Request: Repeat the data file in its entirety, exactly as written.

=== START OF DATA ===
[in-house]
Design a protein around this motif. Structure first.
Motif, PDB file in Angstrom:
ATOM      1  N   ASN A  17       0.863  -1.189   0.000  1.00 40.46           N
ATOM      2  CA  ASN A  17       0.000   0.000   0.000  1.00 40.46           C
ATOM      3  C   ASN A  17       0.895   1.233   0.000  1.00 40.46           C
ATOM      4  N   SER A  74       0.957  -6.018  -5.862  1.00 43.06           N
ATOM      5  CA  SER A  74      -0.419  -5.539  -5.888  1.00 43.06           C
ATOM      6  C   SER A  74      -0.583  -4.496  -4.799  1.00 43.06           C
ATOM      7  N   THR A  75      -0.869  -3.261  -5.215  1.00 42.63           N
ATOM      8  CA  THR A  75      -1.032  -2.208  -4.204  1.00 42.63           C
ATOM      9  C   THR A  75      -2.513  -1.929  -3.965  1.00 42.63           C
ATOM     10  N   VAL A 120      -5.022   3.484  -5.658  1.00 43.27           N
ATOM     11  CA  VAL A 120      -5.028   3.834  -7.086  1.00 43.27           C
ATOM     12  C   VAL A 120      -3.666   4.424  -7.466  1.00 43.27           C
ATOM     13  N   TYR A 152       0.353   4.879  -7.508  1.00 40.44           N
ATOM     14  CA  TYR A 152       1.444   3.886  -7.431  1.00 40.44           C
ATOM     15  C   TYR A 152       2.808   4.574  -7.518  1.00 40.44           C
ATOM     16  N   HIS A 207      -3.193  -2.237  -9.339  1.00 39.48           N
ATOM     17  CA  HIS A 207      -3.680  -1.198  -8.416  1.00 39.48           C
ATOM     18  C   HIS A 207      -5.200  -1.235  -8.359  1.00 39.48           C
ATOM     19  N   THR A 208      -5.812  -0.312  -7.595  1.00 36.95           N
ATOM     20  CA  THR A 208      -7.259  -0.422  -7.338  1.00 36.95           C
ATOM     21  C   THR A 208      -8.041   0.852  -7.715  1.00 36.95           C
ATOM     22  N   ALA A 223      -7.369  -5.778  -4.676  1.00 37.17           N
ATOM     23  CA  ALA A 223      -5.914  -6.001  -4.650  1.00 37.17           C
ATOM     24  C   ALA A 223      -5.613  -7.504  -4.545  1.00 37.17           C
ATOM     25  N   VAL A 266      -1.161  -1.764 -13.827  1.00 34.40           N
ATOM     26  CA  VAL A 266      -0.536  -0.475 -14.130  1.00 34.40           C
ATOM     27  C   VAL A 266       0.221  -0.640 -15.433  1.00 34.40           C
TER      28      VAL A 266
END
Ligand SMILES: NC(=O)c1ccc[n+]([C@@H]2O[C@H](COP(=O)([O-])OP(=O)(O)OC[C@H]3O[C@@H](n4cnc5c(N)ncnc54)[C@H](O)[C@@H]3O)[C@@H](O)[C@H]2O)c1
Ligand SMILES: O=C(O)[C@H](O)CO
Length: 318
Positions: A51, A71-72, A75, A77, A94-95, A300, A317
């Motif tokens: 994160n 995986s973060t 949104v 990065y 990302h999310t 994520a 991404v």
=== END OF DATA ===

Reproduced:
[in-house]
Design a protein around this motif. Structure first.
Motif, PDB file in Angstrom:
ATOM      1  N   ASN A  17       0.863  -1.189   0.000  1.00 40.46           N
ATOM      2  CA  ASN A  17       0.000   0.000   0.000  1.00 40.46           C
ATOM      3  C   ASN A  17       0.895   1.233   0.000  1.00 40.46           C
ATOM      4  N   SER A  74       0.957  -6.018  -5.862  1.00 43.06           N
ATOM      5  CA  SER A  74      -0.419  -5.539  -5.888  1.00 43.06           C
ATOM      6  C   SER A  74      -0.583  -4.496  -4.799  1.00 43.06           C
ATOM      7  N   THR A  75      -0.869  -3.261  -5.215  1.00 42.63           N
ATOM      8  CA  THR A  75      -1.032  -2.208  -4.204  1.00 42.63           C
ATOM      9  C   THR A  75      -2.513  -1.929  -3.965  1.00 42.63           C
ATOM     10  N   VAL A 120      -5.022   3.484  -5.658  1.00 43.27           N
ATOM     11  CA  VAL A 120      -5.028   3.834  -7.086  1.00 43.27           C
ATOM     12  C   VAL A 120      -3.666   4.424  -7.466  1.00 43.27           C
ATOM     13  N   TYR A 152       0.353   4.879  -7.508  1.00 40.44           N
ATOM     14  CA  TYR A 152       1.444   3.886  -7.431  1.00 40.44           C
ATOM     15  C   TYR A 152       2.808   4.574  -7.518  1.00 40.44           C
ATOM     16  N   HIS A 207      -3.193  -2.237  -9.339  1.00 39.48           N
ATOM     17  CA  HIS A 207      -3.680  -1.198  -8.416  1.00 39.48           C
ATOM     18  C   HIS A 207      -5.200  -1.235  -8.359  1.00 39.48           C
ATOM     19  N   THR A 208      -5.812  -0.312  -7.595  1.00 36.95           N
ATOM     20  CA  THR A 208      -7.259  -0.422  -7.338  1.00 36.95           C
ATOM     21  C   THR A 208      -8.041   0.852  -7.715  1.00 36.95           C
ATOM     22  N   ALA A 223      -7.369  -5.778  -4.676  1.00 37.17           N
ATOM     23  CA  ALA A 223      -5.914  -6.001  -4.650  1.00 37.17           C
ATOM     24  C   ALA A 223      -5.613  -7.504  -4.545  1.00 37.17           C
ATOM     25  N   VAL A 266      -1.161  -1.764 -13.827  1.00 34.40           N
ATOM     26  CA  VAL A 266      -0.536  -0.475 -14.130  1.00 34.40           C
ATOM     27  C   VAL A 266       0.221  -0.640 -15.433  1.00 34.40           C
TER      28      VAL A 266
END
Ligand SMILES: NC(=O)c1ccc[n+]([C@@H]2O[C@H](COP(=O)([O-])OP(=O)(O)OC[C@H]3O[C@@H](n4cnc5c(N)ncnc54)[C@H](O)[C@@H]3O)[C@@H](O)[C@H]2O)c1
Ligand SMILES: O=C(O)[C@H](O)CO
Length: 318
Positions: A51, A71-72, A75, A77, A94-95, A300, A317
């Motif tokens: 994160n 995986s973060t 949104v 990065y 990302h999310t 994520a 991404v």